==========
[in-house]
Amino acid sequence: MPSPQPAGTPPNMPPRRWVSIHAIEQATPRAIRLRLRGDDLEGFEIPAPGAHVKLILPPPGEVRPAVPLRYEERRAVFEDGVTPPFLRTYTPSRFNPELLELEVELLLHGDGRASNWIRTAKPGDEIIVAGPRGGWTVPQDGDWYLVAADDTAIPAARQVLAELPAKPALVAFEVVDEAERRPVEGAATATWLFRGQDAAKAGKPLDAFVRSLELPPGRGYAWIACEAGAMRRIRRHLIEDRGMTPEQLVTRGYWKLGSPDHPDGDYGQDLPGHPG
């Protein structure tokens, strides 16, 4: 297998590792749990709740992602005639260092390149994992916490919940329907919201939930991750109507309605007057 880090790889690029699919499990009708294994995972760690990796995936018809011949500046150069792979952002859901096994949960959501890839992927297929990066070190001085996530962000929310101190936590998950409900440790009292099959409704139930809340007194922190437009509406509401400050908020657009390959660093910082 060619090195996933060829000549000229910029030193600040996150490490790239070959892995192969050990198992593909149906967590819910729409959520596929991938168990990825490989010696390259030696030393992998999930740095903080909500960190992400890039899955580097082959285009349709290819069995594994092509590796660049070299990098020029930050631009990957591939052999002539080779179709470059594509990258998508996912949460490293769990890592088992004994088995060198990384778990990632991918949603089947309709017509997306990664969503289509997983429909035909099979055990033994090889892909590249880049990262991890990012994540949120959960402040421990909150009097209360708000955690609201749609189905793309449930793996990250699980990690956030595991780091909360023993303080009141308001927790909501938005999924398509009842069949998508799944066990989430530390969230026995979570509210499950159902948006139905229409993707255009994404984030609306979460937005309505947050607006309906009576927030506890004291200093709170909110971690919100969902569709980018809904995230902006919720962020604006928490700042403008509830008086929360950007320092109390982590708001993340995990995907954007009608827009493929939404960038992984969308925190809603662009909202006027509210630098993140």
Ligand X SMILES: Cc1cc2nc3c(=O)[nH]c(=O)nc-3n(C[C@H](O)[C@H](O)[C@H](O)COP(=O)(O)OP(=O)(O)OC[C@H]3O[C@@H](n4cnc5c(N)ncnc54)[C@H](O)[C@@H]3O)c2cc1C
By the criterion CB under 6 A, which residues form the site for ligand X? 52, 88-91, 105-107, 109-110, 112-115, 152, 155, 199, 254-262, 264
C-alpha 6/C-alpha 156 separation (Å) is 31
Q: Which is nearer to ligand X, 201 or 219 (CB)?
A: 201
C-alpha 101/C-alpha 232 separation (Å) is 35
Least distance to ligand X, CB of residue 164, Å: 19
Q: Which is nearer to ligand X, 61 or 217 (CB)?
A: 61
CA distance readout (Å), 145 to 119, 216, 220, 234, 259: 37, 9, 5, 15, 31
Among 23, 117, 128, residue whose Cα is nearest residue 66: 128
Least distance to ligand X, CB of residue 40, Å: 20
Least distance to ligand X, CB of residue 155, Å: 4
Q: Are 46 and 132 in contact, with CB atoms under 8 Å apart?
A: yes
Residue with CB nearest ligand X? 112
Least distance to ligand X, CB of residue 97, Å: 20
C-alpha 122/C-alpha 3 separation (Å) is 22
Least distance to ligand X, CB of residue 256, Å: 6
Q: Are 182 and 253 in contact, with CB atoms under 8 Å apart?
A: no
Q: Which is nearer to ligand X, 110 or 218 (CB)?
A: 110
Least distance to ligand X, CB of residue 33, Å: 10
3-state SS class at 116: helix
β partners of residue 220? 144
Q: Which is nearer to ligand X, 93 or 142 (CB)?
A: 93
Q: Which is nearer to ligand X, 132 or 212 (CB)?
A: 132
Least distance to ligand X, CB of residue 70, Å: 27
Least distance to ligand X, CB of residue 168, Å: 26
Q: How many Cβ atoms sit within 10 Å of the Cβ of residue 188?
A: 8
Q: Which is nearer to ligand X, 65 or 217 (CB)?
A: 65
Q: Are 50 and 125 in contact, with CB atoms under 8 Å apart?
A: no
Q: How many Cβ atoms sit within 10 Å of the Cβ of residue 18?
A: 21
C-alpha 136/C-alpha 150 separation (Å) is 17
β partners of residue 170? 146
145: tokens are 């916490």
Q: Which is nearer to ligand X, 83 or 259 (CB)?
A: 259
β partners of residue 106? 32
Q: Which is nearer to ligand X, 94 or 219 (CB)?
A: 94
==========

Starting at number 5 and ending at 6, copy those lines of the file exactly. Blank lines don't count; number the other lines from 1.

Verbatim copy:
By the criterion CB under 6 A, which residues form the site for ligand X? 52, 88-91, 105-107, 109-110, 112-115, 152, 155, 199, 254-262, 264
C-alpha 6/C-alpha 156 separation (Å) is 31